Project Title: Analyzing Various Scoring Methods for Fill-In Concept Maps
Project Mentor: Krista Kecskemety – Engineering Education
True conceptual understanding is predicated on recognition of interconnection between concepts within a topic as opposed to the ability of information recall because of the importance of relationships between concepts in an overarching topic. Concept mapping is a tool that has been introduced to meet the failure of traditional testing methods in assessing this interconnection of information. Concept mapping is a graphical representation of a central topic and the way related concepts connect to that central topic. This style of assessment is supported by semantic memory theory in that semantic memory is structured as a network of conceptual understandings and links between related concepts. By assessing the structure of semantic memory, concept maps attempt to better encapsulate conceptual understanding.
There are three prominent methods for assessing proficiency of a concept map; the traditional, categorical, and holistic scoring methods. These three scoring methods attempt to assess a concept map’s breadth, depth, and connectivity to varying degrees with varying levels of involvement by a scorer. These scoring methods have been designed for unstructured concept maps, but in this study, have been adapted to assess a fill-in concept map. Fill-in concept mapping is a successful concept map variant that may be more appealing to instructors due to a perceived decrease in cognitive load for the student and workload for the instructor in scoring, but little research has been done looking into how a fill-in concept map should be assessed.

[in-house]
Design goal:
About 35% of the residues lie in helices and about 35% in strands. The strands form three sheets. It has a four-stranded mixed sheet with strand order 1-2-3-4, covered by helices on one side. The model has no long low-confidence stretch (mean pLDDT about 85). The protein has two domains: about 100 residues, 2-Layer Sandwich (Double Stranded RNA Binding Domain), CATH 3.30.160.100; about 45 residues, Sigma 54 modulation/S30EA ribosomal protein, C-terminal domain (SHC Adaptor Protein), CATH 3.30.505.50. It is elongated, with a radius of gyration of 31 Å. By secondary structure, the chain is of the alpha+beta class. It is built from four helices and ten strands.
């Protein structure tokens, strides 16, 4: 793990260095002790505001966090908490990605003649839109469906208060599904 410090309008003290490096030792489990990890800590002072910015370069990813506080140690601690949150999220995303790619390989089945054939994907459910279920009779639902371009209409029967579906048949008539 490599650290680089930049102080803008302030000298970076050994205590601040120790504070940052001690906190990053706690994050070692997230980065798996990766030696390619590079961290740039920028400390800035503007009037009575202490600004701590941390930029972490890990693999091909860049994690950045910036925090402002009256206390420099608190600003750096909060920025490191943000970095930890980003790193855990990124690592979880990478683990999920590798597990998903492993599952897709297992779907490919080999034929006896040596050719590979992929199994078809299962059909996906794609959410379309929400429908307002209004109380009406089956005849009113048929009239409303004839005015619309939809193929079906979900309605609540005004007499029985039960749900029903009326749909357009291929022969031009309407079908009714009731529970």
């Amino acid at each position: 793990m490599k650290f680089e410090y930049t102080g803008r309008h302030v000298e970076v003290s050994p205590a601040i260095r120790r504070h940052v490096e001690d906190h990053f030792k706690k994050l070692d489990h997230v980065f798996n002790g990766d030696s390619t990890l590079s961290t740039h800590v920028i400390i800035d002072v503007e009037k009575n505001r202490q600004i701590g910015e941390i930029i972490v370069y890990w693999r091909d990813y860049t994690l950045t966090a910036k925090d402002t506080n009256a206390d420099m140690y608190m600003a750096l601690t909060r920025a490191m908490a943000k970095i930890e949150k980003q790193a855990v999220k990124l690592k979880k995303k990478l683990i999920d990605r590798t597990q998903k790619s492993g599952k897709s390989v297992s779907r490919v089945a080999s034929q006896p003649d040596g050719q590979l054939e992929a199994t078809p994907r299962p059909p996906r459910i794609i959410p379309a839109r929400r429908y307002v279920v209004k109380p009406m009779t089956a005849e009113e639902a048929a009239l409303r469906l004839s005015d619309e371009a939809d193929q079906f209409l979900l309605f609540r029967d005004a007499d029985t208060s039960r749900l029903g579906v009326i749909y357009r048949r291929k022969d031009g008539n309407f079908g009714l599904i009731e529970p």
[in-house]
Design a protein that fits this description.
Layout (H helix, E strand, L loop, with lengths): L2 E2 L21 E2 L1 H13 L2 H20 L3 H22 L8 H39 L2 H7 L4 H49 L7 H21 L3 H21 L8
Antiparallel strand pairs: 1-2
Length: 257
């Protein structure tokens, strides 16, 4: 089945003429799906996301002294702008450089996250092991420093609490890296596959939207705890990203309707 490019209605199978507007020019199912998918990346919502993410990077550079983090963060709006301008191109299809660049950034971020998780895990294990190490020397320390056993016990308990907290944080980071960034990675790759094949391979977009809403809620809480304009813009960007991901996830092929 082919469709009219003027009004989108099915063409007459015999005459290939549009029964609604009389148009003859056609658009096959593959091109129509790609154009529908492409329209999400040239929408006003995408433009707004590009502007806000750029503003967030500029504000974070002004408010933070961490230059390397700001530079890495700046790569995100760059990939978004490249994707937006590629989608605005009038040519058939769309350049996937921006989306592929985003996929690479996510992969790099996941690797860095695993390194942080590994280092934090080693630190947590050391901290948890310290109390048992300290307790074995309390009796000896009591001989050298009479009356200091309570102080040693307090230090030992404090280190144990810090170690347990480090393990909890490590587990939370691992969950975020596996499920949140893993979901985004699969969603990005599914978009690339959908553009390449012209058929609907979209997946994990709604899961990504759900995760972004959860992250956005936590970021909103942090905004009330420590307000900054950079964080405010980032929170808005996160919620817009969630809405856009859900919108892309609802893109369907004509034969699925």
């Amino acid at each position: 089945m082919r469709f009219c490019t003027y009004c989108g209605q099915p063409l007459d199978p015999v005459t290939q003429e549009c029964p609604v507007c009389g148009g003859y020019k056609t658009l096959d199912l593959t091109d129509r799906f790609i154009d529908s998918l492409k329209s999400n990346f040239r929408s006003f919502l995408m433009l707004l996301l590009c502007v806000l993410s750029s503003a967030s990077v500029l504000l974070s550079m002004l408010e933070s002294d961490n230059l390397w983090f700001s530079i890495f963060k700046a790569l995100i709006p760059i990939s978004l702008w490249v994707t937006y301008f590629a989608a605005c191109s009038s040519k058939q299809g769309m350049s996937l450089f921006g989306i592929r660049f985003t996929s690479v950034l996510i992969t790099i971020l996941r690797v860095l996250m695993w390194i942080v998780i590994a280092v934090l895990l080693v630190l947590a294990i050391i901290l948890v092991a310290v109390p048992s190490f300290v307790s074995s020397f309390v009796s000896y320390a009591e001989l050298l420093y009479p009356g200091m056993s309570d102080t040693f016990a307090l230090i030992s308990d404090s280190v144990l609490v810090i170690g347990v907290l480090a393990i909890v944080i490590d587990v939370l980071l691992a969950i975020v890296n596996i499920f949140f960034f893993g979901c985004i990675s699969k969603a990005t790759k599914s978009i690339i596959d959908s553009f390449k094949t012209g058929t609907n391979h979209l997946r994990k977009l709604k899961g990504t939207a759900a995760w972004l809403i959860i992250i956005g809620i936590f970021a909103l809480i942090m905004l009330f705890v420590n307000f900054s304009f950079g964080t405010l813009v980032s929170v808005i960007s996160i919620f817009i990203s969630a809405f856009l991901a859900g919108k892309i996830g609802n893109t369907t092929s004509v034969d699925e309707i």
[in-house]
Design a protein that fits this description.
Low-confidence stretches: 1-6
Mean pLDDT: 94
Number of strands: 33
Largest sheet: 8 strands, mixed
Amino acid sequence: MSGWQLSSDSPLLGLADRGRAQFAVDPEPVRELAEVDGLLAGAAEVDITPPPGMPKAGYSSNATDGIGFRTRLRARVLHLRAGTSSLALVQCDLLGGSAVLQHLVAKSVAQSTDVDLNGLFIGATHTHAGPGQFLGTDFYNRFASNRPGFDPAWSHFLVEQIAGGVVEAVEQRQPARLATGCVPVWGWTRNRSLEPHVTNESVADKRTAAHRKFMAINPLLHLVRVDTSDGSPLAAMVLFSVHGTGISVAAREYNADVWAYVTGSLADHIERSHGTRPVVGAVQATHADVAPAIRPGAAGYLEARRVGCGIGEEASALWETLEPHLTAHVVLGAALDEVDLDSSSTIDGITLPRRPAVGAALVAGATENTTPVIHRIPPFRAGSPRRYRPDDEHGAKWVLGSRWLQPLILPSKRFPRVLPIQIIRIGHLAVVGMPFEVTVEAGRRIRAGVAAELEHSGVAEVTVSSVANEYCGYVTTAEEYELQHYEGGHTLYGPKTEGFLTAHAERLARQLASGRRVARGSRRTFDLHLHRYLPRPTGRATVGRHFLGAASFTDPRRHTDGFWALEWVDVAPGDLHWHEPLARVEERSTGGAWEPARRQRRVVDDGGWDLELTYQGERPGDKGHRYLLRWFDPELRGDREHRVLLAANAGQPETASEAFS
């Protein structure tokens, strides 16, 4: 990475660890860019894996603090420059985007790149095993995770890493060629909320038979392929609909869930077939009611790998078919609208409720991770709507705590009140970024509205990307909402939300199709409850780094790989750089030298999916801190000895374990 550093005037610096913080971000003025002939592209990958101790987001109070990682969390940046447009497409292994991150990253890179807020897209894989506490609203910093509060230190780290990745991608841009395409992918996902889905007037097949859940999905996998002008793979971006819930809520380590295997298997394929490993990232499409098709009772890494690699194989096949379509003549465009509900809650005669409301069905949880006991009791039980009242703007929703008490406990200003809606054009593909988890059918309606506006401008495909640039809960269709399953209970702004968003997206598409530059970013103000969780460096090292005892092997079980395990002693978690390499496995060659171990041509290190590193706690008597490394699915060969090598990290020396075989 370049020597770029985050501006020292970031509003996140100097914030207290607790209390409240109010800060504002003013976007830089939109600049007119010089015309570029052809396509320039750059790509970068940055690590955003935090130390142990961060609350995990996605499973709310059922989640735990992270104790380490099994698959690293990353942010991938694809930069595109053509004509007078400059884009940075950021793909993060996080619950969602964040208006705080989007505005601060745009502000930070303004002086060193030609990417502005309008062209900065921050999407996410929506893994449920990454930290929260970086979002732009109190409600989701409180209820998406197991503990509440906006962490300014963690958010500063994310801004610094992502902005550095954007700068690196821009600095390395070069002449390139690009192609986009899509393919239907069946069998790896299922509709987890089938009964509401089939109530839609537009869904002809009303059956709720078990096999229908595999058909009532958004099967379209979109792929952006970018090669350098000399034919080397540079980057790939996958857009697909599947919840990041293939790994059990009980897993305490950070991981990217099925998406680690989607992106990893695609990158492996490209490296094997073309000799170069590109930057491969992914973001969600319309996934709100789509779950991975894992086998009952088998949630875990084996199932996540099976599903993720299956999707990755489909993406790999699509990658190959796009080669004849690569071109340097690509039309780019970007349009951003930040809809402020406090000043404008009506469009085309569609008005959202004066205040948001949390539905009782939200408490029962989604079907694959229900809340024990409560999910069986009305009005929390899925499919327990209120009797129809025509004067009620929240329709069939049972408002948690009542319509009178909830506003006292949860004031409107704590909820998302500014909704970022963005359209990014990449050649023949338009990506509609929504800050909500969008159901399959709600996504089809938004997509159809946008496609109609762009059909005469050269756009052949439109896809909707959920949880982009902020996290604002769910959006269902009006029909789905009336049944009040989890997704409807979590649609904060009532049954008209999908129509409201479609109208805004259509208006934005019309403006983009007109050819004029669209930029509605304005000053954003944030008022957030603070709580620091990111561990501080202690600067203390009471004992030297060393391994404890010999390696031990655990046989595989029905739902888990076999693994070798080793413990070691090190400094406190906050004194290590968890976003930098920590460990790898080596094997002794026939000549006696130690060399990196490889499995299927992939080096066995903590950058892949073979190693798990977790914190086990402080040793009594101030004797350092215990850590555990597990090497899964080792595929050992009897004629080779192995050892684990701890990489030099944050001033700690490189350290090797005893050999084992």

Using the altered methods, a set of scored concept maps were analyzed for takeaways on how these methods can be best adapted, and in what circumstances they may be most effectively used. It was generally found that there is poor reliability across the methods in resulting scores, but with iteration, the methods may be more appropriately catered to specific circumstances. The traditional method struggled to allow for a gradient of correctness, but was particularly easy to implement; the categorical method introduced punishment for breadth of categorization, but is well suited for assessing highly interconnected topics; and the holistic method was resource intensive, but may be a more generalizable scoring method.